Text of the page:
I was once in film review at the Geographic because I had broken my back, and I was just looking at any incoming film, trying to learn. I was looking at the work of Jim Stanfield, a legendary staff photographer at National Geographic, and he had great pictures in this shipment. I called to tell him and he was curiously indifferent. By then a week had gone by and he was on the other side of the United States, and I realised he had to put that behind him or it would handicap you. He had to make the pictures and move on. I saw in his reaction my own life. He was concerned about the photographic problem of that day, and that’s what mattered the day I called him.

No one does this. All workers see their work. Writers see their writing; sculptors see the rock they’re working on. Photographers nowadays see their photographs but I think they suffer in a new way. Everyone sees their work right away, not only do they see it but their editor sees it with digital transfer. The editor can see that you’re doing well and shorten your assignment. When I went into the field there was no way for anyone to reasonably shorten my assignment or call me in. I was well and truly gone and on my own.

At the Geographic there was never a shot list. There was a general outline of what the story could be or should be and you produced the story as well as photographed it. There wasn’t any oversight at any time; it was extremely free and trusting. It wasn’t for everyone by a long shot but it worked for me. It was a harder life than people think, and one of the tests was whether or not you can work for two or three months and not know how you’re doing, and not even know if your cameras are working.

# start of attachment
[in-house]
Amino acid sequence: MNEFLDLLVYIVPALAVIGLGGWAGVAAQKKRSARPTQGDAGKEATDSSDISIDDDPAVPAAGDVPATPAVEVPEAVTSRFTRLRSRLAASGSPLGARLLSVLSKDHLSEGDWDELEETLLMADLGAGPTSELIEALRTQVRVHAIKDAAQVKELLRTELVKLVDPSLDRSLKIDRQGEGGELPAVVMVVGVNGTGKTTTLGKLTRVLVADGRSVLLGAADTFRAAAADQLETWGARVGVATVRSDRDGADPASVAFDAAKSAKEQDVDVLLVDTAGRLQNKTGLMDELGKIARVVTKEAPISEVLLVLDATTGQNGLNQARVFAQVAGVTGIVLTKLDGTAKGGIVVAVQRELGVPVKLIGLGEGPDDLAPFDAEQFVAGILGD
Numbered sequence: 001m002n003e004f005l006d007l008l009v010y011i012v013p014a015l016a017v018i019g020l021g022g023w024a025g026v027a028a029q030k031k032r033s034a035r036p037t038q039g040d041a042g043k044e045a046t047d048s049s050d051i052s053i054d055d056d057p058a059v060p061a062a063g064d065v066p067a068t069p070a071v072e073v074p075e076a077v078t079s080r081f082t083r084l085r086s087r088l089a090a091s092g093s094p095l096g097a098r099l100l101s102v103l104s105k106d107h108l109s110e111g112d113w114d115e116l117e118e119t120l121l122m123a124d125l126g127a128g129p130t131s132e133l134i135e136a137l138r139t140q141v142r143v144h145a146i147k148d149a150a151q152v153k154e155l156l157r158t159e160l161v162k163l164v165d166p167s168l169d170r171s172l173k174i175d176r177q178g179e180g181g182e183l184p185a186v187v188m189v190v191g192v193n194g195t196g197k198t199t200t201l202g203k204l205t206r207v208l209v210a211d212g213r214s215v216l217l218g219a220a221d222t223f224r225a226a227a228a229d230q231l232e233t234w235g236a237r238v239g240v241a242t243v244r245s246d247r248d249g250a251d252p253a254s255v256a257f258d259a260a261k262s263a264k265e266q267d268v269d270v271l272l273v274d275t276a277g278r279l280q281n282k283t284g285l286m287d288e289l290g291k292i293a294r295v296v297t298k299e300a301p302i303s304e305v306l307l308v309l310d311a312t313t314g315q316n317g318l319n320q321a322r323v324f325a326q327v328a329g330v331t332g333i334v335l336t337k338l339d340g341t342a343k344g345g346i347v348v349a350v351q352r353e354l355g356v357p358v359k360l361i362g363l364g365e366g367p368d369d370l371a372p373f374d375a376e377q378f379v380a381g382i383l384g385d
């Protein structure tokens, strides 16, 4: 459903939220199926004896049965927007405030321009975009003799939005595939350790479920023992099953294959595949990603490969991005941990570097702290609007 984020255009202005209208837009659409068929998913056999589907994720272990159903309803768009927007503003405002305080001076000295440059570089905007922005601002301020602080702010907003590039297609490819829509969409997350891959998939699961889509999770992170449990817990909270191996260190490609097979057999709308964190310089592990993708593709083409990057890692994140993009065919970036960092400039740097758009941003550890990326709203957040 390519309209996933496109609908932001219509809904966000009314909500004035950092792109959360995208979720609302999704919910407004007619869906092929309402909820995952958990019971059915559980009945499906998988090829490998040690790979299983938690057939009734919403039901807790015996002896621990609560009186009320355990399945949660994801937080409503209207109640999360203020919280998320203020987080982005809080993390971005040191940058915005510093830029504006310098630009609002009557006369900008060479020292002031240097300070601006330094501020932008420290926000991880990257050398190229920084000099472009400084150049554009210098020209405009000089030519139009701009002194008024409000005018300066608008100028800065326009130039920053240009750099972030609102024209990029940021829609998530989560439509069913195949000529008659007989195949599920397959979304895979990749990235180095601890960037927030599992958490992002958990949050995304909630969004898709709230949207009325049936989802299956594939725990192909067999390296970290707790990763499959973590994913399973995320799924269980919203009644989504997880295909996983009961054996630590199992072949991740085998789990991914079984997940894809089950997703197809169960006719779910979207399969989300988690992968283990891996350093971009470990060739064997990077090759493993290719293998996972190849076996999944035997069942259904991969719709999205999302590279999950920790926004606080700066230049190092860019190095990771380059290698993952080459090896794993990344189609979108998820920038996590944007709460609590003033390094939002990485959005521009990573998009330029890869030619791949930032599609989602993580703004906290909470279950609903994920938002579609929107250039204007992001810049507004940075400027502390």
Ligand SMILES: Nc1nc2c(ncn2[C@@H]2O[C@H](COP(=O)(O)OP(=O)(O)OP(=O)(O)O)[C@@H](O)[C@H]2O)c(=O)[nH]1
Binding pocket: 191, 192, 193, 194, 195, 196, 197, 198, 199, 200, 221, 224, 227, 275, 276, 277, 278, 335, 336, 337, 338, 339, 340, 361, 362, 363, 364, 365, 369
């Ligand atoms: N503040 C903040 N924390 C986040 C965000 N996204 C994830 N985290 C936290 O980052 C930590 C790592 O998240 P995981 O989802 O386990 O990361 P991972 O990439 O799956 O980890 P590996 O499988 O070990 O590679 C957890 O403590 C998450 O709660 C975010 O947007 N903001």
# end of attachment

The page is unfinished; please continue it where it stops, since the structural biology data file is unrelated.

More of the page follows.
That’s something else I was wondering about, did you ever have that issue where you shot blank roles or anything was lost in the mail? I had an issue in Indonesia where film went through an x-ray machine and ruined everything.

I had some film damaged by x-ray in Tierra del Fuego. There was a conflict between Chile and Argentina and I had to pass through a border customs where they x-rayed my film heavily. I never lost any raw film I sent in. It happened to other people. I lost film to accidents in the field. Canoeing in Alaska I lost exposed and unexposed film and I was down to a very small supply of film and a Leica rangefinder camera. I lost all of my Leica lenses in the capsizing. Years later I came upon an article in Canoe magazine talking about this river I’d gone down, and they said there’s only one rapid on this river, which you may want to go around. It’s called Leica Rapids for the National Geographic photographer who lost all of his equipment here. I think that’s an informal thing, you wouldn’t find it on any maps, but it’s now known according to that article as Leica Rapids.